Wild Horse Books & Art

255 N Boulder Road, Deer Lodge, MT 59722
Email books@wildhorsebooks.com

Kayo Fraser - 406-846-3686 Mountain Time

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Tips for Making Model horse drawn vehicles:

 

    Several people have asked me questions about building models, since I have one of the largest supply of books and plans for building model horse-drawn vehicles in the world, people assume I know something about this - I don't.  But I will offer some of the information made available by the late master modeler, Mr. John Thompson. I am not a builder so I really can't tell you any more than what I have found in John Thompson's catalog "The Carriage and Waggon Handbook". These Handbooks are still available for $12 plus s/h. As an answer to the question in his Handbook: "Can I buy parts for the models?"  He said;

"The short answer is no, horse-drawn vehicle modelmaking is still a hobby for people who enjoy making everything for themselves. Actually the metal parts are not difficult to make up yourself, from strip or rod brass."

That being said:   I can get a few Pre-made Wheels  & Springs, lamps and other parts.  

 

Materials, as Mr. Thompson suggests in his Handbook, I will again quote:

"The materials required are very similar to those used in making model boats or dolls house miniatures...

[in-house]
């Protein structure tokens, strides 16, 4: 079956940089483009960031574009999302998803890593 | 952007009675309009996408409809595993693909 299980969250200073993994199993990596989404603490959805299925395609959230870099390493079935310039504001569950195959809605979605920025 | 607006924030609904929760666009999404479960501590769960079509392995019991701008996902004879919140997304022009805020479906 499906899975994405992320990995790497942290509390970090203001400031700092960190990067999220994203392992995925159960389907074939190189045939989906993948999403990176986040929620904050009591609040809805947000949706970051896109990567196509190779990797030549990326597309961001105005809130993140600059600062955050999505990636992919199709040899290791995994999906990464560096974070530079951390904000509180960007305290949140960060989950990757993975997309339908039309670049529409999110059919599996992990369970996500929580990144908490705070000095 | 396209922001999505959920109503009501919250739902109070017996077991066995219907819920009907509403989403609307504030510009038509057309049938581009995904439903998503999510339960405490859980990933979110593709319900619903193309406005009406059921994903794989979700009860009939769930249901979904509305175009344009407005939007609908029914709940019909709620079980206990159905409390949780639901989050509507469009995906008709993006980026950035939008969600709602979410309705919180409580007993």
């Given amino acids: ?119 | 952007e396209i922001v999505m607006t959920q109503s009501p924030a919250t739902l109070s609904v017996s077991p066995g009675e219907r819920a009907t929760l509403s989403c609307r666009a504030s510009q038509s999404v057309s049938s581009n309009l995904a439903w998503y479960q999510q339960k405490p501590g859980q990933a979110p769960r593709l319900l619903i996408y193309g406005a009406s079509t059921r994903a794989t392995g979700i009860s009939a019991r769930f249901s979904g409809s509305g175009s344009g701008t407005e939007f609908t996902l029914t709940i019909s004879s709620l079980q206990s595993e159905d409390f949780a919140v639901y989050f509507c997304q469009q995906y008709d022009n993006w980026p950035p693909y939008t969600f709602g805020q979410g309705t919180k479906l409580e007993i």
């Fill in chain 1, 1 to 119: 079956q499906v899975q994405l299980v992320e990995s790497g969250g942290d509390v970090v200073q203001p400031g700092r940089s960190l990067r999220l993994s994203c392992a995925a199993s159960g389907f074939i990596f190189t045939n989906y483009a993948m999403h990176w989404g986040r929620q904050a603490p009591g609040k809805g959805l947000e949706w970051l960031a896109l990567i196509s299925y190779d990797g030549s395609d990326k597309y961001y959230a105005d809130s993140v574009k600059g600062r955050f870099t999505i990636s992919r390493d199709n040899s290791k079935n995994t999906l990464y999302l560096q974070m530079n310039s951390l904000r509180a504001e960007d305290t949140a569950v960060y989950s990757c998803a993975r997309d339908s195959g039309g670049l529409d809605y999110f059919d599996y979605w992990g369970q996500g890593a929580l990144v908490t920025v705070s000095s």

Timber

    You can produce good results with many different kinds of wood, although some are easier to cut and others will require less preparation before applying a finish. If the model is to be painted then an even, close-grained texture is needed, but if a model is to be left in a natural finish then an attractive colour and grain pattern will be important.
    Boxwood is the ultimate model-makers timber but is expensive and difficult to obtain. Lime is generally used by miniaturists and is fairly readily purchased. The variety sold in the USA is known as basswood. Beech, pine and spruce are all suitable for painted models, provided that the surface is primed with a grain filler. Ash or oak can look attractive with a waxed finish, but are not suitable for painting....... the balsawood..... is too soft and it is difficult to apply a good finish, although it can be useful for a quick "mock-up" model. Many hardware shops sell hardwood strips for general household use. This timber is usually "ramin", and although rather brittle and dusty to work is a reasonable timber for modelmaking.

Metal

   Brass and mild steel are generally used for the metalwork on models, and a wide selection of strip, rod and various sections can be purchased from the specialist suppliers who advertise in the magazine published for modelmakers. It is quite expensive to build up a stock of all the sizes you will need, so far a first effort you may prefer to make do with scraps of wire and strips cut from old tins. Please take care when working with such materials, and ensure that no sharp edges are left on the model.

Tools

  No special tools are needed, other than those the average household tool kit will contain, unless you intend making your own wheels; a lathe is then helpful, although you can manage with a bench mounted electric drill.... Also a band saw is useful for cutting out the curved parts.

 

Pre-made Wheels  & Other Parts
 

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